Living Ind

Antique Road Show

by Walter Pierce

Re-bike shop finds niche among cycling enthusiasts (video included)

Photo by Robin May

“I’ve had a passion for bikes my whole life. My father and I have been riding bikes since I was a kid.”

William Atkinson Jr. is still a kid when it comes to bicycles. Twenty-six with a lumberjack beard and a connoisseur’s enthusiasm, the St. Thomas More grad put on his big boy apron a few weeks ago and opened a bike shop like no other in Hubtown — Recycled Cycles of Acadiana. Part retail bike store, part repair shop, part museum of antiquities, the little business faces Parc Sans Souci on Vermilion Street next door to Agave Restaurant. Bikes ready for sale line the sidewalk out front, and the shop, part of the old Tribune Printing Plant building, is packed with them. Near the front window, some gems of yesteryear await repair and refurbishment — a 1941 Schwinn Admiral, the model at the center of “Pee-wee’s Big Adventure,” shows its years beside a similarly venerable Murray sporting art deco lines. Above them in the display window hangs a Swiss Army bike. “That’s the most valuable bike in the whole store,” Atkinson says with detectable awe, “five grand.” While Swiss Army bikes, like the namesake knives, are tricked out and adaptable to happenstance, it’s probably prudent the Swiss are neutral in wartime.

In the back of the shop, bike builder Don Smith, sporting a bushy Edwardian mustache (What is it about bikes and facial hair?), is hard at work. Smith has made a name for himself by welding his own customized bikes, some modeled in spirit of Victorian penny-farthings (huge front wheel, tiny rear wheel). Atkinson says building custom bikes is also in the business plan.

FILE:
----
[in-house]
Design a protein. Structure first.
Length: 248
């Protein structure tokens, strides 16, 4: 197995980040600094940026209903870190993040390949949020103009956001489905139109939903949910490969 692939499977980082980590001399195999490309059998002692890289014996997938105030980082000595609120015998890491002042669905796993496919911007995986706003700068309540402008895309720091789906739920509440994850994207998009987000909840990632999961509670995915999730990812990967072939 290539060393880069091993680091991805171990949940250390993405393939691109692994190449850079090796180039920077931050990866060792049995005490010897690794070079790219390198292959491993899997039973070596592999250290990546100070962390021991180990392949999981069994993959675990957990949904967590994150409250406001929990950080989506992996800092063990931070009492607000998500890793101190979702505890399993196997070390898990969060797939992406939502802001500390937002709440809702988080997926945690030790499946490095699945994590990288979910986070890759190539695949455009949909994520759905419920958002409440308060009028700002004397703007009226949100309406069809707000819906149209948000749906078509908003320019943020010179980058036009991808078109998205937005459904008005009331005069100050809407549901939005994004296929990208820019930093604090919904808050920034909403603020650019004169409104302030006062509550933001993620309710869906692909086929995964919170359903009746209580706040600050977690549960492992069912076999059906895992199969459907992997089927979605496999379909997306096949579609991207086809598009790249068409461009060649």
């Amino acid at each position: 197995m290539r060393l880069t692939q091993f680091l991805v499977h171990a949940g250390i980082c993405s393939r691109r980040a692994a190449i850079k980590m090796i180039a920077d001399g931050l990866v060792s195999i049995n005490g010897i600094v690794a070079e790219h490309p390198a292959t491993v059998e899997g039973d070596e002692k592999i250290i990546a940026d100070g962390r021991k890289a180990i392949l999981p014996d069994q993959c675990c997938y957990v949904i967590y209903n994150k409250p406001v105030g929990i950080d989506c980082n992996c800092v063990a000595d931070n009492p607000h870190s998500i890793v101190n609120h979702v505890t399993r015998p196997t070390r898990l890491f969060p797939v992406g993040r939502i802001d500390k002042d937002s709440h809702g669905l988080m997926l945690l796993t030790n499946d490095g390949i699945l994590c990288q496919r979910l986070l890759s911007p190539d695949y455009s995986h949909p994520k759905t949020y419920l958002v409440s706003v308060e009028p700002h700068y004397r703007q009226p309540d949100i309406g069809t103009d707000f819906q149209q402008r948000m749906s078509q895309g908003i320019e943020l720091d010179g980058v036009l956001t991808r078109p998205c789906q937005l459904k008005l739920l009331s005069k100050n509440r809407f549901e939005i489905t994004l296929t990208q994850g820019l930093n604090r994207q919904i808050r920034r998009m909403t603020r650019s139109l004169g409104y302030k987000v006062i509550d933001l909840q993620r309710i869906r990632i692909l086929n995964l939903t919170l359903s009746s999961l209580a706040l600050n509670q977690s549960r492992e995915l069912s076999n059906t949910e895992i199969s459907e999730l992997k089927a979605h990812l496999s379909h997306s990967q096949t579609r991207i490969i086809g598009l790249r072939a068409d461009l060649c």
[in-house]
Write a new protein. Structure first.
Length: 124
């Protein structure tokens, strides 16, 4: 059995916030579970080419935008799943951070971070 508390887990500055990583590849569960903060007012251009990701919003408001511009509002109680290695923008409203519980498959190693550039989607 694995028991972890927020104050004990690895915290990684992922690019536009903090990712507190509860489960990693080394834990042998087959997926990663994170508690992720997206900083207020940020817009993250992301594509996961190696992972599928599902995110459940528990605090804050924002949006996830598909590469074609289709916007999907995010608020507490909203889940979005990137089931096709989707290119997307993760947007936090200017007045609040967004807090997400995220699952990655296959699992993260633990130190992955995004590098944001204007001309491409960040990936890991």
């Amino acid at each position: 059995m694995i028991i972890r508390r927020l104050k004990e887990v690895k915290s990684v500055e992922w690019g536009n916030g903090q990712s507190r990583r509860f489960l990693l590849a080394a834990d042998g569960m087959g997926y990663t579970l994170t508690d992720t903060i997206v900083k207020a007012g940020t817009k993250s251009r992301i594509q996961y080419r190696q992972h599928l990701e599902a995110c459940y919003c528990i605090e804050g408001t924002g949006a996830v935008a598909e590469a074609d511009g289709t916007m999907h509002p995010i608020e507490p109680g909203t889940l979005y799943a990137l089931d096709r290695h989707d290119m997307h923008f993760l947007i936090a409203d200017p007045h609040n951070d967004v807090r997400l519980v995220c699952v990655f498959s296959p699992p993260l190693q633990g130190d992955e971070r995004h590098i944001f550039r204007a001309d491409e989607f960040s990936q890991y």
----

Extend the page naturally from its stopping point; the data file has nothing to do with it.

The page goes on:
And while the vintage bikes garner attention on the showroom floor, Recycled Cycles of Acadiana is mostly a place where customers can select contemporary used bicycles — cruisers and racers mostly — that have been restored and nursed back to good working order. There are also a few new bikes, including from a California company called Nirve.

Some of these bikes are donated, and Atkinson admits he’s also a familiar face at garage sales, although he’s vague on the exact dimensions of his supply line. “It’s kind of a secret,” he says slyly. “I don’t like to give out too many details, but I will say that we want to get bikes from everyone; people bring in old bikes and we buy them from them for a decent price. We fix them up, get most of them in perfect riding order and sell them for a decent price.”

It was while a student at Colorado Mountain College in the Rockies where cycling is literally an up and down affair that Atkinson really rolled upon the Nirvana of classic bicycles: a 1936 Roadmaster Deluxe. It was given to him by an elderly man Atkinson helped out of a jam. Atkinson still has the bike and is restoring it.

He admits the concept of selling recycled bikes isn’t new. A shop in Fort Collins, Colo., provided the inspiration for Recycled Cycles of Acadiana. “Just the coolest bicycle store I’ve ever seen,” Atkinson recalls, “That’s kind of where the dream started actually. I was in college, I went there: ‘I’m going to have me one of those one day.’”

Now he has one, and his first week was gangbusters: 13 bikes out the door. That’s solid commerce for a shop of this kind in a culture that likes it new, likes it disposable, and thinks of recyclables as stuff you throw out.

This is actually Atkinson’s second bike-related business venture. “We did bicycle messengers in Lafayette, and it lasted about three months and I couldn’t get a single client.”

Recycled Cycles of Acadiana is located at 208 E. Vermilion. For more information, call 235-2453 (BIKE).